It appears again without notice. Sneaking out
from behind a laundry line of frayed shirts.
Now, a presence. The less I've joked about,
that starves the bones. Mid-October. I still say
I'm not ready for color. Yet it comes in cries,
my own, approaching a stand of yellow trees,
blazing the triangle parting three streets.
I'm going nowhere I'm sure of. Today,
steady rain gets under the skin,
a chill soaks in. By the door the leaves
of Impatiens in pots seem to have shrunk, or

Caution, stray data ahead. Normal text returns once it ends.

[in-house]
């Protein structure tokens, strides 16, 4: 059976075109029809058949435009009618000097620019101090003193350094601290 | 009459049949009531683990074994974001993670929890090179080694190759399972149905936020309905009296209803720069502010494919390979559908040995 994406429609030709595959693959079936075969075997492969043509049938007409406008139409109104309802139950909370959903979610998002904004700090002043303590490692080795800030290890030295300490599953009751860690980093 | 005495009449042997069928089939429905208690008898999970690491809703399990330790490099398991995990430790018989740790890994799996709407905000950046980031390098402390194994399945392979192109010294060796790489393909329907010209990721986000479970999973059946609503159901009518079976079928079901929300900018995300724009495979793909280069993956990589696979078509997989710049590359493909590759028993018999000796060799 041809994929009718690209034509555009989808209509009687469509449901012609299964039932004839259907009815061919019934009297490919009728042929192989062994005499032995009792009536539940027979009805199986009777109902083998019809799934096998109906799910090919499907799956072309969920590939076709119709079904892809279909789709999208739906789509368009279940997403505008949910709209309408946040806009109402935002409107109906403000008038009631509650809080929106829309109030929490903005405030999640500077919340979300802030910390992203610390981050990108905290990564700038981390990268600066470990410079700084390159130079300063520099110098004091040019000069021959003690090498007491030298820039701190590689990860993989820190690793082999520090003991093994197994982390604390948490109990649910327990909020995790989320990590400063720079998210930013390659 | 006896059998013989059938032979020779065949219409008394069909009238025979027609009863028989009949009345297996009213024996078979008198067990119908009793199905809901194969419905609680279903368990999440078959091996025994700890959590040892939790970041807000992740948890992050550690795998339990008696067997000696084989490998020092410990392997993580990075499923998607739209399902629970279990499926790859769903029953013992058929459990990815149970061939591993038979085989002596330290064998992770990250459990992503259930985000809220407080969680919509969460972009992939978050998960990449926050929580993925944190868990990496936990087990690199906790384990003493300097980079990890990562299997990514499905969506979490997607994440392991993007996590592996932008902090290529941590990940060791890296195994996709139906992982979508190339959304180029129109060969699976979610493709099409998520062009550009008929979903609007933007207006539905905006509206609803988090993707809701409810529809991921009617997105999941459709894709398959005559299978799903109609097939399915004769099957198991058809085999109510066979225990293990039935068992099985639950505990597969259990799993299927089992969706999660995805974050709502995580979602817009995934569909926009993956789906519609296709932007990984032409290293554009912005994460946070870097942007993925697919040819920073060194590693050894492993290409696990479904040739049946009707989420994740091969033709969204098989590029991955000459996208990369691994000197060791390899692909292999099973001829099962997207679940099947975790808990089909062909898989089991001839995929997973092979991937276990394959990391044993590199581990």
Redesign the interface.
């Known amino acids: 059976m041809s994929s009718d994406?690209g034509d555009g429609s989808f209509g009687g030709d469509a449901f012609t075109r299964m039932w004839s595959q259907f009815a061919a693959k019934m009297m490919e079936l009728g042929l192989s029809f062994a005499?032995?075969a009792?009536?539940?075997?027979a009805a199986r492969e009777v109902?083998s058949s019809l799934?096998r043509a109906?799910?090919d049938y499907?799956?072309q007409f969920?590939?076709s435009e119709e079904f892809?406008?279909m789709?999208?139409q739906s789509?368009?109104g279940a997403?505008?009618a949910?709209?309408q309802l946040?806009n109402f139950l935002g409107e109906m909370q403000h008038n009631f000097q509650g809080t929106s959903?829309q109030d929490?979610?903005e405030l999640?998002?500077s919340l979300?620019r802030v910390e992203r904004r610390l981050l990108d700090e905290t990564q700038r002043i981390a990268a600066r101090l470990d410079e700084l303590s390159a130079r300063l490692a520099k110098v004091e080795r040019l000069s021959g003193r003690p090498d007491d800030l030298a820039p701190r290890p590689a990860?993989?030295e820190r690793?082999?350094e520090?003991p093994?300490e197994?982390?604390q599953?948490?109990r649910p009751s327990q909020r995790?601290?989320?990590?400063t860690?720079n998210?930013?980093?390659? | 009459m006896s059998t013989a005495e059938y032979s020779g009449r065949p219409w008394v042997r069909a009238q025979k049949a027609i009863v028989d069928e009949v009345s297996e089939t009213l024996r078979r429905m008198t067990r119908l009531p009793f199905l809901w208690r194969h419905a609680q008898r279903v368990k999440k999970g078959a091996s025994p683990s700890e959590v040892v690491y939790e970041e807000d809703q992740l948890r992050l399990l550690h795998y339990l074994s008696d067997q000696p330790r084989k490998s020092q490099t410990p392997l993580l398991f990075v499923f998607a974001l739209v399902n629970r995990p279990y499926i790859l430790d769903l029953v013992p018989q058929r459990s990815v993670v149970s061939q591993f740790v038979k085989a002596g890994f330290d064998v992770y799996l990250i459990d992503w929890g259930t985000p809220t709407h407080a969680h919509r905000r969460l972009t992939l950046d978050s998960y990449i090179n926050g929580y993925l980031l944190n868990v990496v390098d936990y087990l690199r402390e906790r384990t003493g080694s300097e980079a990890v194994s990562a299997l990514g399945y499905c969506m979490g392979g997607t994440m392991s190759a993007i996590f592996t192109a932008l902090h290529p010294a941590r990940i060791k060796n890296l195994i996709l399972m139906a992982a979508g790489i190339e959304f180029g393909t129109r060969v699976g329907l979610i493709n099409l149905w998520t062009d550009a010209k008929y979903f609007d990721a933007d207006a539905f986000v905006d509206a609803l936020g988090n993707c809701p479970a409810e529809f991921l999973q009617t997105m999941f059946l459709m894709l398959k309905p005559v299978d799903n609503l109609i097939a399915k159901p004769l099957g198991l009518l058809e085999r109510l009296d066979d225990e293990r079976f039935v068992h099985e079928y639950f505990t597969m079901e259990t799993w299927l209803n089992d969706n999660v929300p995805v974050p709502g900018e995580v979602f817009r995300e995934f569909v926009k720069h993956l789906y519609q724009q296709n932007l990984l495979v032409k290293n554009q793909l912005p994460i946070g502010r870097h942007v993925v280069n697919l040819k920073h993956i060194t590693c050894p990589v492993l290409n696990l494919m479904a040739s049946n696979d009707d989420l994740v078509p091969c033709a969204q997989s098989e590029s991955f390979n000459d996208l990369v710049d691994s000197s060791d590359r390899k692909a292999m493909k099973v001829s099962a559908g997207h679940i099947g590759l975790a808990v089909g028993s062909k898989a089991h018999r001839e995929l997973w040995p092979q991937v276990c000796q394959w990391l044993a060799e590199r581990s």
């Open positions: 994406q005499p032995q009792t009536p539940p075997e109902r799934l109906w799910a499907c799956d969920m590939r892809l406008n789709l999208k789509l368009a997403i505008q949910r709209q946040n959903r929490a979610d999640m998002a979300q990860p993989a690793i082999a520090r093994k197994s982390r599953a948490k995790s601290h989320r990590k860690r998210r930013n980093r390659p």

simply become less numerous.
The woman who shampoos my afternoon hair
asks how I'm doing. I'm not getting younger, I say.
She laughs so hard it nearly feels like despair,
though it's merely immutable.
-- Gayle Reed Carroll
Carroll, of Mount Lebanon, is a retired art teacher from the Clairton, Pa., schools. Her poems have appeared in several small literary magazines, including The Comstock Review, The Pittsburgh Quarterly and Poetpourri. Many writers featured in Chapter & Verse are guests of Prosody, produced by Jan Beatty and Ellen Wadey. Prosody airs every Tuesday at 7 p.m. on independent radio, WYEP 91.3 FM.